It is just over 48 hours since I pulled out from the Ironman and I have gained much perspective since. It’s curious in a way for me because although I can solve problems very quickly, it takes me time to arrive to conclusions.
As expected, Ironman Arizona 2009 sold out early this morning. Once North American Sports announced the new registration process a few weeks ago, I knew that races in the US would sell out almost immediately. And like I said before, if you want to do one of these races, you really have to want to do it because odds are you will need to visit the race site the morning after the race in order to register. In the past 4 years I have watched this race grow exponentially in participants. It seems that everyone wants to be part of this phenomenon.
I learned a lot about my limitations, which is something you don’t expect to admit. I know that I am not at my ideal weight and that slows me down. I know that I need to work a lot more on the run. I don’t do well in cold weather or water. And I know that my asthma is more real than I care to admit. It is these factors that make Ironman difficult for me.
But it has been a long time since I have felt good about a race. Two weeks before the Ironman I ran a 5k and felt lousy after it for several days. My LA Marathon was literally a bloody mess. And while Vineman 70.3 was good overall, it was not a great race. The last great race I had was doing a sprint XTerra off-road triathlon in May 2007.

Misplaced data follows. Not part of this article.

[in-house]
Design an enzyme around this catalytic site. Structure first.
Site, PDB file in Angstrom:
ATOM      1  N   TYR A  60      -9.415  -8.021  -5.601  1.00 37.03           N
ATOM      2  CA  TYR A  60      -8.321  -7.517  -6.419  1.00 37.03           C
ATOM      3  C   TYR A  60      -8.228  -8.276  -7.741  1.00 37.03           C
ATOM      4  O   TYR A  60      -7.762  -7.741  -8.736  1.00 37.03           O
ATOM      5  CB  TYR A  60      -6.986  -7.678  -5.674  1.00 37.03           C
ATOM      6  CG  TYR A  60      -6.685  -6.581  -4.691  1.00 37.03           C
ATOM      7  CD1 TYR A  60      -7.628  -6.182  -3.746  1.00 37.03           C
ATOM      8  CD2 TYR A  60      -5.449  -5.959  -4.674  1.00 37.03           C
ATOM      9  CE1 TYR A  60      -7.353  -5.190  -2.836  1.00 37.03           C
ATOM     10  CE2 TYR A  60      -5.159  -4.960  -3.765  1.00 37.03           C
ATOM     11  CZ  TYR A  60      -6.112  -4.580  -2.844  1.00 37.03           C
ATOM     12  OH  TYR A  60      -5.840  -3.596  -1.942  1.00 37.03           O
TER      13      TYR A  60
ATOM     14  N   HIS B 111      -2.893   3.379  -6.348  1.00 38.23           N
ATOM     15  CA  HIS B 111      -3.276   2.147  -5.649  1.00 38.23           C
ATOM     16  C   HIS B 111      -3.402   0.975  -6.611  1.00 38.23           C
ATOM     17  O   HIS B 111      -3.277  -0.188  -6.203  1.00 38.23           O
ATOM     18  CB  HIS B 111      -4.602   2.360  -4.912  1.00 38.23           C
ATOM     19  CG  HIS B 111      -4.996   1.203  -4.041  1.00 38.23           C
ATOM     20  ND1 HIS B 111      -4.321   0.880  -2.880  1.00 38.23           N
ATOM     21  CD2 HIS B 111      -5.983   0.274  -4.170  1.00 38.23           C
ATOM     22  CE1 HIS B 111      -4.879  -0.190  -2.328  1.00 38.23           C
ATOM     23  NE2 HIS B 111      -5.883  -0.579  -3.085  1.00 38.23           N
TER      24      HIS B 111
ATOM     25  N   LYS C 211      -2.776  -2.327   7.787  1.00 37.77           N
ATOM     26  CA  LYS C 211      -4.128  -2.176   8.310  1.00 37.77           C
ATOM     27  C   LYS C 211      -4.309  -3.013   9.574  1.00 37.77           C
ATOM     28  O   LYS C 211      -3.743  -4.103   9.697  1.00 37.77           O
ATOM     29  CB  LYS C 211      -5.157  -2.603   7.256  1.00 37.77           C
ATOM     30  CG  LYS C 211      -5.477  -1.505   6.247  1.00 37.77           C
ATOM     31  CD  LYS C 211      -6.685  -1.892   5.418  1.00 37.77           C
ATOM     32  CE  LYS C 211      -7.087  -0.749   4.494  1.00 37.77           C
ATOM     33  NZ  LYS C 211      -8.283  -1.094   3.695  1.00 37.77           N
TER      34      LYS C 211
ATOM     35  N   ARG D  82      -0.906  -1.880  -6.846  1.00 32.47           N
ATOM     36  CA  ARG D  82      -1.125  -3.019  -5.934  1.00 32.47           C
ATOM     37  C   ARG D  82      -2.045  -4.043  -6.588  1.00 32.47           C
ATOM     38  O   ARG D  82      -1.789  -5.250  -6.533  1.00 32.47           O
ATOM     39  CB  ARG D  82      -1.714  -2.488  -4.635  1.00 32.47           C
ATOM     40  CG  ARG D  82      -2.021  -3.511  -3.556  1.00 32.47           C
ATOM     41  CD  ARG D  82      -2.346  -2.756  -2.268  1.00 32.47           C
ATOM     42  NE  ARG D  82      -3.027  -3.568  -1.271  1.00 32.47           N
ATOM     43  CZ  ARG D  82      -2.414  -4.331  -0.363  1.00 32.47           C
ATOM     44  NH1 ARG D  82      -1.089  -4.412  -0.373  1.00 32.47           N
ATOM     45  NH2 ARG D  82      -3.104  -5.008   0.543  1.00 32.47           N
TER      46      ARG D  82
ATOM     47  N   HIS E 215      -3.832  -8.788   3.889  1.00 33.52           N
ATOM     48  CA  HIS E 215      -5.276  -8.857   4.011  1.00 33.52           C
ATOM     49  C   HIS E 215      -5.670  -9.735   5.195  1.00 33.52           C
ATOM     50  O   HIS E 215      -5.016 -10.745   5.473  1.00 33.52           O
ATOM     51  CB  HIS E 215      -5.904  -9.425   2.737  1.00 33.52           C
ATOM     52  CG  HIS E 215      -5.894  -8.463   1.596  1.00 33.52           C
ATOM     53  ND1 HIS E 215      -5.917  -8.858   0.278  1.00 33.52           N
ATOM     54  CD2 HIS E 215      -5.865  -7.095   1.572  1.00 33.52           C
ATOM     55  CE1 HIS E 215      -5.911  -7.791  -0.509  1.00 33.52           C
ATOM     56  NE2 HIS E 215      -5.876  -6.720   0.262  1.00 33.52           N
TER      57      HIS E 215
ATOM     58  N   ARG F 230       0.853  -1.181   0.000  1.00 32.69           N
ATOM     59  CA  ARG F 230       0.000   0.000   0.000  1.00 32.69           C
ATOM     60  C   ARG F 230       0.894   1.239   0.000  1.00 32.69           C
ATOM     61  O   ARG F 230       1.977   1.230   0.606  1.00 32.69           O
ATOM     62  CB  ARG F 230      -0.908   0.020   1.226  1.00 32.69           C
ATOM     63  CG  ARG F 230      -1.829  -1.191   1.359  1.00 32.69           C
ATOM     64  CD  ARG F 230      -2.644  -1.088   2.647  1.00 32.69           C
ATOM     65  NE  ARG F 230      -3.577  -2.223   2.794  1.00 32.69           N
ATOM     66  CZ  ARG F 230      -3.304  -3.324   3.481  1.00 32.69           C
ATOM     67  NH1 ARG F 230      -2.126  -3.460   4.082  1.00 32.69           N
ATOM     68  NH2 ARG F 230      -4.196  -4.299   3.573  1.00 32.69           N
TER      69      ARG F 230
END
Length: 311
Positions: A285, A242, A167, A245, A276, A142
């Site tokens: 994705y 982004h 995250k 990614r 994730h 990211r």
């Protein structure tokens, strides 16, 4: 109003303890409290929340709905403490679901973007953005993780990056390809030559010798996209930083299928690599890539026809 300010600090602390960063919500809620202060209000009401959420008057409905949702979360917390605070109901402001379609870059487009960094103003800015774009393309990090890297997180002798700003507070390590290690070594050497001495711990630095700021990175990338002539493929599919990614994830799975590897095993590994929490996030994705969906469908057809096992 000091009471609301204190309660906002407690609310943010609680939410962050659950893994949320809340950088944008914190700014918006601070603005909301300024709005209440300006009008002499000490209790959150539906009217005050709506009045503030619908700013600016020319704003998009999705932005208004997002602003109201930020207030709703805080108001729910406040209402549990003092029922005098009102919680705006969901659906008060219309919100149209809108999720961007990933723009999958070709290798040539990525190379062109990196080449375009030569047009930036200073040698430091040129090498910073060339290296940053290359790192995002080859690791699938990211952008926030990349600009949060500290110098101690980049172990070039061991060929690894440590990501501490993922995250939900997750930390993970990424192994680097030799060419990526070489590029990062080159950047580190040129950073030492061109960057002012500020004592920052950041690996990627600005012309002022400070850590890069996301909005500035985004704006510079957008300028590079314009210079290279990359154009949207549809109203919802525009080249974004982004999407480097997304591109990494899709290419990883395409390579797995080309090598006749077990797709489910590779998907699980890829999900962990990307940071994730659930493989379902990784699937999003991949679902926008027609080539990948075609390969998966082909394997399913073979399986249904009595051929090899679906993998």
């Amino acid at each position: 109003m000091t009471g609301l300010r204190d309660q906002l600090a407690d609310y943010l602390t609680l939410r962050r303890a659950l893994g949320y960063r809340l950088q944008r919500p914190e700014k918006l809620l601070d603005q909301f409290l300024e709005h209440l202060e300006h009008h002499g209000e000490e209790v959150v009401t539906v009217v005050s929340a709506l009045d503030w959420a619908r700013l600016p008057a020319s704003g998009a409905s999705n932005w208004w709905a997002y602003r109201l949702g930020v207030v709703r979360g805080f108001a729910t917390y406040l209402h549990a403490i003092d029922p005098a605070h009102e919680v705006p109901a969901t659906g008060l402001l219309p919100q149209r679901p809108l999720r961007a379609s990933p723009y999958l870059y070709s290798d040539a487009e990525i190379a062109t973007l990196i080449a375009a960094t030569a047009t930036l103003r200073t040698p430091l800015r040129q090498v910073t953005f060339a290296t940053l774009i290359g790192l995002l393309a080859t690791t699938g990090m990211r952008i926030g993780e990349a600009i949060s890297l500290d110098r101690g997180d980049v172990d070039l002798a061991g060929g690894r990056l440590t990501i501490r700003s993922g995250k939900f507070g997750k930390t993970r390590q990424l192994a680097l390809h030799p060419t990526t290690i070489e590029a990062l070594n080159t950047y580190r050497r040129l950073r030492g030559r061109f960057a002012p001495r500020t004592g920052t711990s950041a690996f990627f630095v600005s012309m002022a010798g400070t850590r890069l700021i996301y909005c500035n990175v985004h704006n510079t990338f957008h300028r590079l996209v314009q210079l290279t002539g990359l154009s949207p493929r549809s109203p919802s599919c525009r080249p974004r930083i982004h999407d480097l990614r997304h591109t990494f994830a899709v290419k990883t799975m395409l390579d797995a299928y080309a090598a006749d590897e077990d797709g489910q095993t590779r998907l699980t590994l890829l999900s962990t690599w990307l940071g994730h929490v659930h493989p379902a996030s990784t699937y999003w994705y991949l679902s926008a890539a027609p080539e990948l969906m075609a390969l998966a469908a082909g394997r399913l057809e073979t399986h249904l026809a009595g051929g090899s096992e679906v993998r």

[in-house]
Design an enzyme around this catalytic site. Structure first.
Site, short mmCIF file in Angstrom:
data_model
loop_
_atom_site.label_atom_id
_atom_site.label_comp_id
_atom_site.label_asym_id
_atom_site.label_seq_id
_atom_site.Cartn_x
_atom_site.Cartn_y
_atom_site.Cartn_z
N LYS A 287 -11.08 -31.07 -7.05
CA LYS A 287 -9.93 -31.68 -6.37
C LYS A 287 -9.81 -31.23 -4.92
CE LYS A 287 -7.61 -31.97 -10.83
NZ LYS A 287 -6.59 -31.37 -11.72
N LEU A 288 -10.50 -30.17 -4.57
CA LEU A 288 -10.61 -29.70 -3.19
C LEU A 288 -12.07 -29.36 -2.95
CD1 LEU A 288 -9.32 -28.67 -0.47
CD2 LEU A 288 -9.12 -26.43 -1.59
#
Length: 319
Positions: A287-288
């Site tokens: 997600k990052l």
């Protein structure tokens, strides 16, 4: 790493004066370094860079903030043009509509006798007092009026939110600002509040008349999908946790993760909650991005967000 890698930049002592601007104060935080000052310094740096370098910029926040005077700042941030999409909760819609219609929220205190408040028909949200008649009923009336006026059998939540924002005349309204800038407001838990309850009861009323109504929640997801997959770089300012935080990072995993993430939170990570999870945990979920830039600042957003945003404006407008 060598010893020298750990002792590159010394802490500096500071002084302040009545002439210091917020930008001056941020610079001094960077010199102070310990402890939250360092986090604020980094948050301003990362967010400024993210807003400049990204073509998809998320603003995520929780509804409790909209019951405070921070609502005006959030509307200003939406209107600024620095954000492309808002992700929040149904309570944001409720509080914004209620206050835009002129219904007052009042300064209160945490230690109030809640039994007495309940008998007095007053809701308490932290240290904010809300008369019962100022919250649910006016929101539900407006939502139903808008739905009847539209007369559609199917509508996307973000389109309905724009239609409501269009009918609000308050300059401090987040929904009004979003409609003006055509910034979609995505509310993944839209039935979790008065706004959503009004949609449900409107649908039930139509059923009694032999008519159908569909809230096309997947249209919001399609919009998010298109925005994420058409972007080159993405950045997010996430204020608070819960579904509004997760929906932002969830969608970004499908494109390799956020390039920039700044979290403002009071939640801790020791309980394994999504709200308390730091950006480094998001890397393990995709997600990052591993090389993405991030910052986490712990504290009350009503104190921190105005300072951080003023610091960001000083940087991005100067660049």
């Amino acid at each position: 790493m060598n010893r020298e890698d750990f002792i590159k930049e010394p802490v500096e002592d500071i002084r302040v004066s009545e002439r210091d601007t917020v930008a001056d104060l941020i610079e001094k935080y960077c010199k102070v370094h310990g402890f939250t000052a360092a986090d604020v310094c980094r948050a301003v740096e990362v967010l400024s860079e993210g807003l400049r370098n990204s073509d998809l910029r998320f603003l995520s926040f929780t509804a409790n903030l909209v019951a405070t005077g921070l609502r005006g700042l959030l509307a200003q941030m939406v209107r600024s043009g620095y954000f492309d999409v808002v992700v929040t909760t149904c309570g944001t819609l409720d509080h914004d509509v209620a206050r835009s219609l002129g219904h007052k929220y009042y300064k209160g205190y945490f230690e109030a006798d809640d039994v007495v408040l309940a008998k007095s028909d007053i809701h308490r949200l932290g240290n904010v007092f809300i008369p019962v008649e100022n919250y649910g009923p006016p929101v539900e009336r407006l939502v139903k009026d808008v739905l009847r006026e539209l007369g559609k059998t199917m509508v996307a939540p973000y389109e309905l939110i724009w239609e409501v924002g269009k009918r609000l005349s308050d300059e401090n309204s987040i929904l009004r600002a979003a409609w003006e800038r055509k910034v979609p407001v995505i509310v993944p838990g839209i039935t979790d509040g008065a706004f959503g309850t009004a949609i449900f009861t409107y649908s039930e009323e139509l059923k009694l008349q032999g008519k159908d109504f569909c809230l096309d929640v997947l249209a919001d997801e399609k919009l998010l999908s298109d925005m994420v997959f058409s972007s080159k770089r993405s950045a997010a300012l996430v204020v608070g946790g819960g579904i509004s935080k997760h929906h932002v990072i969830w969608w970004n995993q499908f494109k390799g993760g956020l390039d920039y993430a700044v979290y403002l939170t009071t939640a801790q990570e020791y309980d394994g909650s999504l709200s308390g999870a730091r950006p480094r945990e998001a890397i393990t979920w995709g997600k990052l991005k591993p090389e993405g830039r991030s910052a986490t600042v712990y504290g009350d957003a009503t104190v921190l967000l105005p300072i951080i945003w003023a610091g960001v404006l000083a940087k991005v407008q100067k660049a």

Triathlon only makes up a small percentage of who I am. My world consists of much more than just triathlon. Ironman has consumed my life for the past several years. An old friend put it well several months ago: “You’ve got a score to settle with that distance.”
And while that is true, I think the healthiest decision both mentally and physically is to let the distance go. The stubborn side of me still runs Sunday past me and says that maybe I could have found a way to keep going and finish. But here I am two days later and my biceps and triceps still hurt. My hamstrings are still sore. Even my palms are tired from holding the handle bar for those 74 miles.
Pulling out when I did was a smart idea. I got myself out of a bad situation before it got worse.
That is not an easy decision for ego to accept. No. Ego wants to conquer the world. Ego wants to prove that he is just as tough as anyone else. Ego was glory. Ego would find a way to glorify crawling across the finish line and passing out.
My ego gets me into a lot of trouble these days.
And so 48 hours later, I have accepted my decisions. I am not sad, upset, or angry about the decision. I feel lighter. This score I wanted to settle was something I imposed on myself. I didn’t finish the Ironman but people still think I’m nuts for even trying one. And many others respect me for trying one and getting as far as I did.
But in the moments when I lose perspective I remind myself that on Easter Sunday 2003, three of my friends and I got together to celebrate the end of Lent and that I rode my bike 20 miles on that morning.
I have come a long way since those 20 miles. But every time I ride down the San Gabriel River path and cross the bridge that marks the 10-mile spot, I slow down and remember that moment.
It was only 20 miles, but on that day it felt like I had just conquered the toughest distance I could imagine.